The story of the binding of Isaac in Genesis 22 offers fertile ground for theological reflection. It is a tale that is simultaneously reassuring and disconcerting, straightforward and complex, pragmatic and melodramatic. These divergent challenges are a crucial part of its enduring relevance to Christians, Jews and Muslims. It’s a story that defies reductive interpretation — attempts to distill simple life-lessons risk losing the nuances that have resonated so deeply with so many for so long.
I certainly don’t have a definitive interpretation of the tale, but I do think the story itself offers some guidance for how to approach it. That is, at least part of its message is that we should be cautious about being overly certain of our understanding of that message — or indeed of any message.
In Genesis 22 God asks Abraham to give up what he holds most dear in life and by doing so to apparently subvert God’s promise to him. Abraham knows this promise: that through Isaac his descendants will be more numerous than the stars (Gen 15.5, Gen 21.12). To sacrifice Isaac would seemingly turn this promise into a lie. Abraham is faced with an intransigent tension: will he withhold what God asks of him in light of his understanding of God’s promise? Or will he heed God’s command and sacrifice the incontrovertible promise from the very same God?
We must ask ourselves the same questions: are we withholding that which we cherish? That which we think God has given us? That which we think is essential to God’s plan? Is our faith wrapped up in our own understanding, secure in our own knowledge, immune to challenge, inured to certainty? Are the most precious aspects of our faith — doctrines and beliefs that are founded upon the very promises of God — really just modern representations of Isaac? Would we be willing to give them up, even if doing so goes against what we “know” to be true?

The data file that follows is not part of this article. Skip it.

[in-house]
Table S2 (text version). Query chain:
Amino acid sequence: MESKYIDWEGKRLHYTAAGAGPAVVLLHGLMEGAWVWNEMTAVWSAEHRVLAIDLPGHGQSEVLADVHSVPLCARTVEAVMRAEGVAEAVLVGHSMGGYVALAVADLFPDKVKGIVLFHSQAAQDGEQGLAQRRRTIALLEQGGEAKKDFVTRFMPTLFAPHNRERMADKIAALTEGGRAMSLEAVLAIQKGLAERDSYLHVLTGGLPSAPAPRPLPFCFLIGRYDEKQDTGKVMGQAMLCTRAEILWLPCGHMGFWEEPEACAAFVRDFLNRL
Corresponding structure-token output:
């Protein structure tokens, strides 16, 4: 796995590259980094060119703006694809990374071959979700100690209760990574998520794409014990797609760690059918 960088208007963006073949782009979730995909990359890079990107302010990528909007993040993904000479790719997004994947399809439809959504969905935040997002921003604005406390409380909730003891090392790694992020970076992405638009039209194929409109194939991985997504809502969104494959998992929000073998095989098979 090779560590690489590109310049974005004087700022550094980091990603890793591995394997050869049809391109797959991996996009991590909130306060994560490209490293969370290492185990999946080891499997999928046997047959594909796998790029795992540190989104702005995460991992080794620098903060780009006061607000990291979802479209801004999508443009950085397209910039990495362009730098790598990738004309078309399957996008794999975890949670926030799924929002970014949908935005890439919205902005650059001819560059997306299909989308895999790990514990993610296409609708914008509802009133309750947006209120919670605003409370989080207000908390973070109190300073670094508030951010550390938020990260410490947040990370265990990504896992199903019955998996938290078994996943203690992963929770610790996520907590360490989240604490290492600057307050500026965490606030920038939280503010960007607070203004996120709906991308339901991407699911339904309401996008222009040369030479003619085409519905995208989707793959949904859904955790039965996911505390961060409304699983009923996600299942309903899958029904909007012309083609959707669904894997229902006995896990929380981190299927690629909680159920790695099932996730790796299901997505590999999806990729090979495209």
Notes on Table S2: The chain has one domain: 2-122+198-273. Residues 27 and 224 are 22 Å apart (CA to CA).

What “essential” aspects of Christianity are we unwilling to sacrifice? What walls have we erected around orthodoxy that, though often well-meaning, are ultimately working against the very faith that we profess?
R.W.L. Moberly in his essay “Living Dangerously” says:
Christian faith creates a presumption that in Scripture in general, and in Gen 22 in particular, there is truth. This presumption, however, should lead not to any kind of complacency (“we have the answers”) or superiority toward other (“we’re right, you’re wrong”) but rather to a willingness on the part of community and individual alike to expose oneself to what the truth, and right worship, of God actually entails: a rigorous, searching, critical, purifying process in which what one holds most dear and God-given may be precisely that which must in some sense be relinquished if faith is to be genuine — and in accordance with the patter of father Abraham.
We can learn many lessons from the life of Abraham, but perhaps none more important than that which is summed up in Proverbs 3.5: “Trust in the Lord with all your heart, and do not rely on your own insight.” This doesn’t mean we shouldn’t seek understanding, but instead that we should never become smug, confident and over-assured that we have the inside track with God. Our insights are all too fallible and it is because of that fallibility that we must hold our beliefs with humility rather than hubris, recognizing that though we should always seek the truth, we often fall far short of it.
Abraham passed God’s test — but do we?